If you’re looking for a mixed dog breed, the Goldendoodle is one of the best the canine kingdom has to offer. This Golden Retriever-Poodle mix is an affectionate companion, but an even better family dog. However, owners may be wondering if they’re actually smart dogs.
Goldendoodles are smart hybrid dogs. The two parent breeds, the Golden Retriever and Poodle, are both among the top 5 smartest dog breeds. For this reason, it’s likely that Goldendoodles will inherit the same high intelligence. Not only are they highly intelligent water retrievers, but they’re also superb at understanding human emotions, which is why they make excellent guide dogs.
Again, there are no tests that prove Goldendoodles are smart dogs. However we have plenty of evidence, along with anecdotes from real owners, that can help us predict the intelligence of this breed. Read on to learn what makes the Goldendoodle an intelligent hybrid.
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Measuring Dog Intelligence in Goldendoodles
The current list of smartest dog breeds was developed by canine psychologist and pHD, Stanley Coren. And while his trials were met with plenty of criticism, one major complaint was that hybrid dogs, such as the Goldendoodle, were not included in his dog IQ test.
Coren’s study measured only one component of dog intelligence, that is, obedience and working intelligence. In summary, this type of IQ basically measured how quickly a dog can learn a command and how well the dog retained his or her training.
Even Coren admits that it’s not the most ideal way of measuring dog intelligence. However, it is the most objective way to do it. So just how did he measure dog intelligence?
The Criteria for Dog Intelligence
Stanley Coren contacted all the obedience trial judges from the Canadian and American Kennel Club for his trials. In total, 199 judges agreed to help him out. Given the criteria, judges were able to evaluate and rank dog breeds in a coordinated effort.
Coren’s criteria for dog intelligence is as follows:
- The number of repetitions it took for a dog breed to learn a new command. Fewer repetitions meant faster learning time – thus a smarter dog.
- The percentage that a dog breed is able to perform a known command on the first try. A higher success rate is associated with a more intelligent dog breed.
After collecting the responses, Coren only considered breeds with at least 100 evaluations. This meant that those with fewer evaluations did not make the final list of smartest dogs. Additionally, mutts like the Goldendoodle didn’t even participate.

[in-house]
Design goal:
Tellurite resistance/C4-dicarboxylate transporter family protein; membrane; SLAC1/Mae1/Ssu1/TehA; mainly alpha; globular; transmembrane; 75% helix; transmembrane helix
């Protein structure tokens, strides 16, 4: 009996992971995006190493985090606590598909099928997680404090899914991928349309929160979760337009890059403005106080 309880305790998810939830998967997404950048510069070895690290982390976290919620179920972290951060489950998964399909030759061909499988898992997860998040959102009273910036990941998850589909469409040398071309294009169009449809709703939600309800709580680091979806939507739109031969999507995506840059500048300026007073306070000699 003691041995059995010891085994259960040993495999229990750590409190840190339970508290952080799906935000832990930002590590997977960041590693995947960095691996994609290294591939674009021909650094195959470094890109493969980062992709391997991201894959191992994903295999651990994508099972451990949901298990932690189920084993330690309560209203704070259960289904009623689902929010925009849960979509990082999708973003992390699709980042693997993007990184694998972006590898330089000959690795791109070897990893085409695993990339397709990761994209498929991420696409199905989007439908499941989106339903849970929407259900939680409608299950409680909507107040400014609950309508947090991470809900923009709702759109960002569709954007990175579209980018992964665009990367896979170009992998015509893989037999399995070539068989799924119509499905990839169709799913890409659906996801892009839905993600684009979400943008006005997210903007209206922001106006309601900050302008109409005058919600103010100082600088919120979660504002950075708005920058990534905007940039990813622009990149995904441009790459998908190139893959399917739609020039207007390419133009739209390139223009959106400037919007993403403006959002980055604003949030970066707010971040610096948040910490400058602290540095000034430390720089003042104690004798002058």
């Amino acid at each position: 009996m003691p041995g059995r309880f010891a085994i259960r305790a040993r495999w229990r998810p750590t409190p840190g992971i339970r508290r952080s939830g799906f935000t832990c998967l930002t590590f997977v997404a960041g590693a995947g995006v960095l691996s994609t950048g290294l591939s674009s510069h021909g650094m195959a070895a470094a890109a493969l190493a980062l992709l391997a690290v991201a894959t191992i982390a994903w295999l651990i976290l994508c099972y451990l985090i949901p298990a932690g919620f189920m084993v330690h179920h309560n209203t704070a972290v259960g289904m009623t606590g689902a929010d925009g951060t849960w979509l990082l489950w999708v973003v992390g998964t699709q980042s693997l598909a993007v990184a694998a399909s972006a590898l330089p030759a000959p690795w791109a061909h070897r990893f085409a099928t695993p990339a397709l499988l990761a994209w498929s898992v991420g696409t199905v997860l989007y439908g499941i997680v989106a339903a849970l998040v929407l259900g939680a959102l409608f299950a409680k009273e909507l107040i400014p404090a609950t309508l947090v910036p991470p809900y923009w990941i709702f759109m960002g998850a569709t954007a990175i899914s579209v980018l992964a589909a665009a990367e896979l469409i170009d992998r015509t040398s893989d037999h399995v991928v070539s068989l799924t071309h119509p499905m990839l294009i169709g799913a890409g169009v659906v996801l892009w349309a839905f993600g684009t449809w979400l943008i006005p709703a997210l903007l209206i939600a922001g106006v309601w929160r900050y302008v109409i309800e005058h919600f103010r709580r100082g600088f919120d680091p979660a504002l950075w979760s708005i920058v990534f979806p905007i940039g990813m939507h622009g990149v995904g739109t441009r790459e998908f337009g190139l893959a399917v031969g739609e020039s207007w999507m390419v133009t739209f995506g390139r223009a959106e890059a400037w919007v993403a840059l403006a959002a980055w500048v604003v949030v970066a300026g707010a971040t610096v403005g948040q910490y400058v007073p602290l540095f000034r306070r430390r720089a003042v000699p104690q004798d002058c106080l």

The criteria was met with a lot of criticism. However, they are the most reputable scientific research we have on dog intelligence – even today. We don’t necessary agree with this, but it’s an excellent starting point for ranking the smartest dog breeds in the world.
Results of the Poodle & Golden Retriever
Again, Goldendoodles didn’t participate in this intelligence trial. But because the Goldendoodle is the hybrid of the Golden Retriever and Poodle, we can look at how these individual parent breeds performed. Based on their results, we can estimate the hybrids’ intelligence.
Needless to say, both breeds passed with flying colors. In fact, both the Poodle and Golden Retriever made it to the top 5 ranking! Making this ultra-exclusive intelligence class is no easy feat. In fact, only 10 dog breeds are within the same intelligence class.
According to the trials, Poodles are the second smartest dog breed. On the other hand, Golden Retrievers are the fourth most intelligent dog breed in the world. But what exactly does this mean and how does it translate in every day situations?
Both dog breeds can learn a new command with just 5 repetitions or less. In other words, it’ll probably take under 10 minutes to teach these dogs a basic command.
But that’s not all. Both of these breeds will also obey a known command on the first try with a 95% (or higher) success rate. Not only are they lightning fast at learning but they’re highly obedient dogs too!
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Golden Retriever & Poodle vs. “Average Dogs”
Now that we know both the Golden Retriever and Poodle rank at the very top of the canine kingdom, how smart are they compared to others? Is it really that big of a difference?
For reference, the average dog breed – that is, with “average” intelligence, will need 25 to 40 repetitions to learn a new command. Compared to the Goldendoodle’s parent breeds, average dogs need 5 to 8 times more repetitions!
Furthermore, average dogs will obey a known command on the first try with just a 50% success rate. This means the Golden and Poodle are nearly twice as likely to get it right on the first attempt.
What’s surprising is that average dogs are some of the most iconic and popular breeds in the world. These dogs include the Australian Shepherd, Great Dane, Siberian Husky, Bichon Frise, Shiba Inu and more.
Other Reasons Why Goldendoodles Are Smart
There are plenty of reasons why the Goldendoodle is a highly intelligent dog breed. There’s so much more to these dogs than just excelling at obedience tests.
According to Stanley Coren, there are three dimensions of dog intelligence. As discussed, the first is obedience and working intelligence. However, there’s also instinctive intelligence and adaptive intelligence. Both of which, can be more subjective and difficult to measure.
The Goldendoodles’ Instinctive Intelligence
A dog’s instinctive intelligence refers to what the dog was bred for. What’s the breed’s special skill or talent? This could be guarding, herding, transportation, companionship and so much more. But you may be asking why is this a type of dog intelligence.